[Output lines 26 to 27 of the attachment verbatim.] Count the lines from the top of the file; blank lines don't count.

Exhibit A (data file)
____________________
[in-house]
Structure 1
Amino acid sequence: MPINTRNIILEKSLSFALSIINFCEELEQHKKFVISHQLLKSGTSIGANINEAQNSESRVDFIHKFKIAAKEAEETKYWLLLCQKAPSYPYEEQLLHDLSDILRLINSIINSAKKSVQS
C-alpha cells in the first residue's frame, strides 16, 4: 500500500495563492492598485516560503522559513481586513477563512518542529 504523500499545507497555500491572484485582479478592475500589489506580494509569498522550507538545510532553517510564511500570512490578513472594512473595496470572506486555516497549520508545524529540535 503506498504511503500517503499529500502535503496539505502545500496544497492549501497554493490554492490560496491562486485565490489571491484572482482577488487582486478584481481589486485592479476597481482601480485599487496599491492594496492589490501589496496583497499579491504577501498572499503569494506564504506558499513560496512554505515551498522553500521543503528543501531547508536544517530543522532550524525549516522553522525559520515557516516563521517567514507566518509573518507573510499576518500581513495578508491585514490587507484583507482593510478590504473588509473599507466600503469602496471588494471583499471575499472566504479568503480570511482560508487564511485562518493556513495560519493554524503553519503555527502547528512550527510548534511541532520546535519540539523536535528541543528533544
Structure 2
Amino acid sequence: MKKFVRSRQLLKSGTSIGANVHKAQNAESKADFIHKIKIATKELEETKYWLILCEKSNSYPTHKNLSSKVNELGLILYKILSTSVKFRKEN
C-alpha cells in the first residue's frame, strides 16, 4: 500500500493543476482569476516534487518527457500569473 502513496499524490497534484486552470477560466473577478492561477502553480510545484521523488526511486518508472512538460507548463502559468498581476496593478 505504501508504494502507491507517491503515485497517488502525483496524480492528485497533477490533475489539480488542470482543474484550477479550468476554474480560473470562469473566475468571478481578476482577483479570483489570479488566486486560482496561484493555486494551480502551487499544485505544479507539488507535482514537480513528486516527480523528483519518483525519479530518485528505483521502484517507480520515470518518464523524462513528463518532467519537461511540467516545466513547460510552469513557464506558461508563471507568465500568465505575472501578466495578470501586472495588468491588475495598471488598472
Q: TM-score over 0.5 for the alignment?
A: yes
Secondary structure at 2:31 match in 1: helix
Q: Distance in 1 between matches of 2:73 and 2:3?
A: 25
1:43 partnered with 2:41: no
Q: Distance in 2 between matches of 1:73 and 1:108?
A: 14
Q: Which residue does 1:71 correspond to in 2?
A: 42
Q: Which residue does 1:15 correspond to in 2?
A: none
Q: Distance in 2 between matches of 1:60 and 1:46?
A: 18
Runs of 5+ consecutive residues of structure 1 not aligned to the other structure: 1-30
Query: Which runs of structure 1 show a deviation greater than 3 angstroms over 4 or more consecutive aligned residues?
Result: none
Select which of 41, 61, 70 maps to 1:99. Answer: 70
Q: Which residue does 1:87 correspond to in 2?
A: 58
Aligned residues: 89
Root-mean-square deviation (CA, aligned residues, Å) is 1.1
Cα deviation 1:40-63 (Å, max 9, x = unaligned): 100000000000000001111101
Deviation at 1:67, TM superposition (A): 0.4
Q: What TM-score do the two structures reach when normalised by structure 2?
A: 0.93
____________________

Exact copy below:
Q: Which residue does 1:87 correspond to in 2?
A: 58